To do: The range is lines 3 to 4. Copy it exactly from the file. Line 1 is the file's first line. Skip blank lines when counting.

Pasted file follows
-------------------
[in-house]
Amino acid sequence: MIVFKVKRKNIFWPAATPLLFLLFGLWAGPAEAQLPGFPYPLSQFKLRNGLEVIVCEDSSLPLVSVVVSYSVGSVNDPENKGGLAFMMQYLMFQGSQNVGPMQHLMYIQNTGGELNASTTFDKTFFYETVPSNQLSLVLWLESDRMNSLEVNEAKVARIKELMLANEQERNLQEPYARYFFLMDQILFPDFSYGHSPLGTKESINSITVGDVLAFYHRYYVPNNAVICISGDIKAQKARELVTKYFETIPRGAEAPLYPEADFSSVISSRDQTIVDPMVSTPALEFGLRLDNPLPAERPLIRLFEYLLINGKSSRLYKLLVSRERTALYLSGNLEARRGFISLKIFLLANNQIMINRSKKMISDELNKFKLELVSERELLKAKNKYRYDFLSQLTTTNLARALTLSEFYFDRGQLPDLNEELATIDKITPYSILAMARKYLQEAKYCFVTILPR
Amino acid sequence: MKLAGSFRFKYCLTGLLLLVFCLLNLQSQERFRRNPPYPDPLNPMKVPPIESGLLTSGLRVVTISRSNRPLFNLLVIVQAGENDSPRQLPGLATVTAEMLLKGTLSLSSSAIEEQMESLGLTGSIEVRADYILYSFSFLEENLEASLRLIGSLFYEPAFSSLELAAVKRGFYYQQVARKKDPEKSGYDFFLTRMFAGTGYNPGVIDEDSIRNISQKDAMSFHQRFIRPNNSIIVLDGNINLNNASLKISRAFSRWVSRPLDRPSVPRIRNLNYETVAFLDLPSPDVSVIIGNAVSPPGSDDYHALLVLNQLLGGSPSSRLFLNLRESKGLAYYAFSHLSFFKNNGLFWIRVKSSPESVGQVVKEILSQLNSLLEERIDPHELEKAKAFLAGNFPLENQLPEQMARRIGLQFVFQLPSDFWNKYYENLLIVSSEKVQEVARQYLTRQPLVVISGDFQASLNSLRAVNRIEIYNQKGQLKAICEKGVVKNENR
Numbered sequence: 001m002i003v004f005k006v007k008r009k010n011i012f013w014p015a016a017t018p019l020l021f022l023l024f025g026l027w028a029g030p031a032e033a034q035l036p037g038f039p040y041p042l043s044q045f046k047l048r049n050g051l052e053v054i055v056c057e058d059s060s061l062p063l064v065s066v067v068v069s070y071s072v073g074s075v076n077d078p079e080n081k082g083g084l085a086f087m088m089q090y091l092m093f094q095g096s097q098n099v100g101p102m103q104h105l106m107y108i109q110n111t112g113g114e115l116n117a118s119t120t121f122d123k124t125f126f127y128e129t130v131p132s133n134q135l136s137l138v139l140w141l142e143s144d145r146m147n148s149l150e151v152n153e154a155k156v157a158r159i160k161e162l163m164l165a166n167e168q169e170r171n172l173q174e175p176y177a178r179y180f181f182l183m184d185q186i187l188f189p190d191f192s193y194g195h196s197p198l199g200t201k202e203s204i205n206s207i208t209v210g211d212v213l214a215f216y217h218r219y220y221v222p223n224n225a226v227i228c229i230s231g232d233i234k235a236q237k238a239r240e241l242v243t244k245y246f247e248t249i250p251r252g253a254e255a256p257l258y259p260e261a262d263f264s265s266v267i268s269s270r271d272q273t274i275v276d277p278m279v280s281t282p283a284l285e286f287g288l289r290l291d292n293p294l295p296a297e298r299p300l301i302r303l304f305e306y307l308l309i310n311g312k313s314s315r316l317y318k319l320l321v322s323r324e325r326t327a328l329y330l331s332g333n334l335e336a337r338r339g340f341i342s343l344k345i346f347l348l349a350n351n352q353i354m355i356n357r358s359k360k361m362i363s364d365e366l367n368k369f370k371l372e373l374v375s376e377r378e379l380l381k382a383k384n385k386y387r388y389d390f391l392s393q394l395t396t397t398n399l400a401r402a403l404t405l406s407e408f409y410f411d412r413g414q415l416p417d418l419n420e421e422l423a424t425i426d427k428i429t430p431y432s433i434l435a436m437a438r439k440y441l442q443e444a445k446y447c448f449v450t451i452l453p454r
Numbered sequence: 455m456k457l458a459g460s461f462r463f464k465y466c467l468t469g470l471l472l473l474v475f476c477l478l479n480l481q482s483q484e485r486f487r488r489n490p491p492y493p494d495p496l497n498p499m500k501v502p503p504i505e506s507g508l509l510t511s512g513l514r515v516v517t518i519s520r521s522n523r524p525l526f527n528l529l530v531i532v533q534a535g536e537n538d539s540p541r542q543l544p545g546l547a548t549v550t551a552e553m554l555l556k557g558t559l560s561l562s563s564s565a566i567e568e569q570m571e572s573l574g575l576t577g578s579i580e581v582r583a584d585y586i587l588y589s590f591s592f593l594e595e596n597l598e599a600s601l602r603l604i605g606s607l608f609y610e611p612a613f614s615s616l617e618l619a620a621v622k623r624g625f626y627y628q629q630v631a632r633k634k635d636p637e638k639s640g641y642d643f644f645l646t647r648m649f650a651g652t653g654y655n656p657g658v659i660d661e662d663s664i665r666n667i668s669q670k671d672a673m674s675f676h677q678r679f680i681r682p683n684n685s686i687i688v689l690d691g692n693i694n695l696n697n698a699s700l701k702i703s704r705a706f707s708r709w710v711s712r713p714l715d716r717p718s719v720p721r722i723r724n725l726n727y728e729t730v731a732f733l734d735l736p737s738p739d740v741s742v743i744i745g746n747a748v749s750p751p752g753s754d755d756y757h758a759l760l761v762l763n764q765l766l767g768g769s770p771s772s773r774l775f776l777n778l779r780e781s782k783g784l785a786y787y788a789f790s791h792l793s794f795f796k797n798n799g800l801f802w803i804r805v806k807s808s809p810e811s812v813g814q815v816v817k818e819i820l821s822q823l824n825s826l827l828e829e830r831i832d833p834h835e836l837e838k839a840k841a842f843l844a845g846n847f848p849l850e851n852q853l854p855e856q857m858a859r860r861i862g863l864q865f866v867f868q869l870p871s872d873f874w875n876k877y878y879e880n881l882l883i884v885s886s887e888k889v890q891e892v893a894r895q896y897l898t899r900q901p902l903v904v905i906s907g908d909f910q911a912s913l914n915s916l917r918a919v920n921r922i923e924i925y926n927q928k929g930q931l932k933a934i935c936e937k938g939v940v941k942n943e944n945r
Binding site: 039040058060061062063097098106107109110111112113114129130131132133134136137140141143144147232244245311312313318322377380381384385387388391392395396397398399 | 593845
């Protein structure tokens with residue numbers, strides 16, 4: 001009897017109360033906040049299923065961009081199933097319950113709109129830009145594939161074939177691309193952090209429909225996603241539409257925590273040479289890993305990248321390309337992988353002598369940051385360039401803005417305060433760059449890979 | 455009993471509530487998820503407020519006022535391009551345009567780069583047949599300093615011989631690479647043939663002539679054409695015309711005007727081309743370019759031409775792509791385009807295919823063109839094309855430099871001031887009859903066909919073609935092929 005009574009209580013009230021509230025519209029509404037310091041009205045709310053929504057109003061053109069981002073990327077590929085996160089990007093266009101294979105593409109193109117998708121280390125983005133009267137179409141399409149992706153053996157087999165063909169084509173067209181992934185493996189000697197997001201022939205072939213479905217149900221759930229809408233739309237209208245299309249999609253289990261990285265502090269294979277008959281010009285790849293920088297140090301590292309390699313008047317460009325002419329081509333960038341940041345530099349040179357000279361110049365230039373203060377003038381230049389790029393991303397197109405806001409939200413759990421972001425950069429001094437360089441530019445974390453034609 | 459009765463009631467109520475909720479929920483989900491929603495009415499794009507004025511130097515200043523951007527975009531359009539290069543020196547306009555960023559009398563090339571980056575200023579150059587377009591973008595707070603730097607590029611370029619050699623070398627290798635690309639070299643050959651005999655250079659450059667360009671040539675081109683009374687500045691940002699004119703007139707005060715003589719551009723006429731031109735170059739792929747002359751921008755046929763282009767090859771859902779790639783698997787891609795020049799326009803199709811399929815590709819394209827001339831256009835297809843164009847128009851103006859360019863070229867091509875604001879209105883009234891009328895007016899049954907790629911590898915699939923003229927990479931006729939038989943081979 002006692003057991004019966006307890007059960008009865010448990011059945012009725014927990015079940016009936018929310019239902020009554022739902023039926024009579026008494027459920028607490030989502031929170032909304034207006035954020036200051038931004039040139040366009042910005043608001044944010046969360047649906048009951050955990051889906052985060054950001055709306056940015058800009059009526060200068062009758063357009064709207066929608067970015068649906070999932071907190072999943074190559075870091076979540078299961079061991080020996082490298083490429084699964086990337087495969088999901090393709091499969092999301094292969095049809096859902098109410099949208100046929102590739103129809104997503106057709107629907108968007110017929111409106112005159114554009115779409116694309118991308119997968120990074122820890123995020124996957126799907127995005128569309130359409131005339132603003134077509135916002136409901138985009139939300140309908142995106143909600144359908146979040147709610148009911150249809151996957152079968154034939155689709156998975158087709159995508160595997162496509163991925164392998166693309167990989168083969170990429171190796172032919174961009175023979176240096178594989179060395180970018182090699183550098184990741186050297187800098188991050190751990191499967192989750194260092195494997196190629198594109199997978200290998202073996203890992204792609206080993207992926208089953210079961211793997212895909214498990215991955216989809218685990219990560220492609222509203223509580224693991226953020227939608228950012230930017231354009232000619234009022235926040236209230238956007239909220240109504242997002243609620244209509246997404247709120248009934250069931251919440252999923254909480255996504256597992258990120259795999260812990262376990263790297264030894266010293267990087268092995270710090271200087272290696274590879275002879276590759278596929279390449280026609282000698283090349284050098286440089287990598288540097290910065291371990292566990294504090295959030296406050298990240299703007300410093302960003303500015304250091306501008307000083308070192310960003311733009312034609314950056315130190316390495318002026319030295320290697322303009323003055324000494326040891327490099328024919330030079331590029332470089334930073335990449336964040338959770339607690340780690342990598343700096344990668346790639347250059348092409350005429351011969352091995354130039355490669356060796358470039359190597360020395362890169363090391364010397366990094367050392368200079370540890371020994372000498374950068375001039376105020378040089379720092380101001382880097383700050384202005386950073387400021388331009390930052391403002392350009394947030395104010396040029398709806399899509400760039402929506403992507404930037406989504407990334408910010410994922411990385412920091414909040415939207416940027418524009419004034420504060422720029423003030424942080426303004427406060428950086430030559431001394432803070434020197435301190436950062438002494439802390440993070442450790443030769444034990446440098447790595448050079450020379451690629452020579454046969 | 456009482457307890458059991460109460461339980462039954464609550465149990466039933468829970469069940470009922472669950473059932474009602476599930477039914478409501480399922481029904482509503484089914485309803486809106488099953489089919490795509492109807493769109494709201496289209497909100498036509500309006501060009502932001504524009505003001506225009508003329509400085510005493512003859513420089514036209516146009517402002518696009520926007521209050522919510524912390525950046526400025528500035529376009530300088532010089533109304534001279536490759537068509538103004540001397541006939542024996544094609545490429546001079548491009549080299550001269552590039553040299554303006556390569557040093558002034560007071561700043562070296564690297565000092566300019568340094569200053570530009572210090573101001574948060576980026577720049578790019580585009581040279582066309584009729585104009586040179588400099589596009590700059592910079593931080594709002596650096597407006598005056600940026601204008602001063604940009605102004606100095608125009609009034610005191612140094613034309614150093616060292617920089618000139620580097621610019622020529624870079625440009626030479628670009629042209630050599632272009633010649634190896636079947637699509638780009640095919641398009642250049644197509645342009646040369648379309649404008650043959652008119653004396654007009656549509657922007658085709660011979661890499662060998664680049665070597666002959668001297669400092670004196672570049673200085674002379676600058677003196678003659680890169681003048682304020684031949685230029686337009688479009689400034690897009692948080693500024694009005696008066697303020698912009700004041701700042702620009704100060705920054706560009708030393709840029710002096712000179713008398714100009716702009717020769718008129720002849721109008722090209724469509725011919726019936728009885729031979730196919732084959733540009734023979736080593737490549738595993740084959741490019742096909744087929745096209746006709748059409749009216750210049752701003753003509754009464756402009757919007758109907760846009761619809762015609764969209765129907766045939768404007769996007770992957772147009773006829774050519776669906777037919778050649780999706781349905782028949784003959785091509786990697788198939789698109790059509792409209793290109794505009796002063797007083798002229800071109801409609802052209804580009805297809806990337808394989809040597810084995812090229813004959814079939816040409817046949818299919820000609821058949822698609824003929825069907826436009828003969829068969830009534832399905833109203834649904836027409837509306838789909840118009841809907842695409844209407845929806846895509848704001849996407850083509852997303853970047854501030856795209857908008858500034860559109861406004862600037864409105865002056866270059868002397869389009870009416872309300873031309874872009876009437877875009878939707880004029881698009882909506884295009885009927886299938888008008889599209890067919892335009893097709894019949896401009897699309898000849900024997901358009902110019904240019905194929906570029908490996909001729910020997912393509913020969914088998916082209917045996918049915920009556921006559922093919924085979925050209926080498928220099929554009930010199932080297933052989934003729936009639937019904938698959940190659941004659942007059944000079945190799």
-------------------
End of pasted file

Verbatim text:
Amino acid sequence: MKLAGSFRFKYCLTGLLLLVFCLLNLQSQERFRRNPPYPDPLNPMKVPPIESGLLTSGLRVVTISRSNRPLFNLLVIVQAGENDSPRQLPGLATVTAEMLLKGTLSLSSSAIEEQMESLGLTGSIEVRADYILYSFSFLEENLEASLRLIGSLFYEPAFSSLELAAVKRGFYYQQVARKKDPEKSGYDFFLTRMFAGTGYNPGVIDEDSIRNISQKDAMSFHQRFIRPNNSIIVLDGNINLNNASLKISRAFSRWVSRPLDRPSVPRIRNLNYETVAFLDLPSPDVSVIIGNAVSPPGSDDYHALLVLNQLLGGSPSSRLFLNLRESKGLAYYAFSHLSFFKNNGLFWIRVKSSPESVGQVVKEILSQLNSLLEERIDPHELEKAKAFLAGNFPLENQLPEQMARRIGLQFVFQLPSDFWNKYYENLLIVSSEKVQEVARQYLTRQPLVVISGDFQASLNSLRAVNRIEIYNQKGQLKAICEKGVVKNENR
Numbered sequence: 001m002i003v004f005k006v007k008r009k010n011i012f013w014p015a016a017t018p019l020l021f022l023l024f025g026l027w028a029g030p031a032e033a034q035l036p037g038f039p040y041p042l043s044q045f046k047l048r049n050g051l052e053v054i055v056c057e058d059s060s061l062p063l064v065s066v067v068v069s070y071s072v073g074s075v076n077d078p079e080n081k082g083g084l085a086f087m088m089q090y091l092m093f094q095g096s097q098n099v100g101p102m103q104h105l106m107y108i109q110n111t112g113g114e115l116n117a118s119t120t121f122d123k124t125f126f127y128e129t130v131p132s133n134q135l136s137l138v139l140w141l142e143s144d145r146m147n148s149l150e151v152n153e154a155k156v157a158r159i160k161e162l163m164l165a166n167e168q169e170r171n172l173q174e175p176y177a178r179y180f181f182l183m184d185q186i187l188f189p190d191f192s193y194g195h196s197p198l199g200t201k202e203s204i205n206s207i208t209v210g211d212v213l214a215f216y217h218r219y220y221v222p223n224n225a226v227i228c229i230s231g232d233i234k235a236q237k238a239r240e241l242v243t244k245y246f247e248t249i250p251r252g253a254e255a256p257l258y259p260e261a262d263f264s265s266v267i268s269s270r271d272q273t274i275v276d277p278m279v280s281t282p283a284l285e286f287g288l289r290l291d292n293p294l295p296a297e298r299p300l301i302r303l304f305e306y307l308l309i310n311g312k313s314s315r316l317y318k319l320l321v322s323r324e325r326t327a328l329y330l331s332g333n334l335e336a337r338r339g340f341i342s343l344k345i346f347l348l349a350n351n352q353i354m355i356n357r358s359k360k361m362i363s364d365e366l367n368k369f370k371l372e373l374v375s376e377r378e379l380l381k382a383k384n385k386y387r388y389d390f391l392s393q394l395t396t397t398n399l400a401r402a403l404t405l406s407e408f409y410f411d412r413g414q415l416p417d418l419n420e421e422l423a424t425i426d427k428i429t430p431y432s433i434l435a436m437a438r439k440y441l442q443e444a445k446y447c448f449v450t451i452l453p454r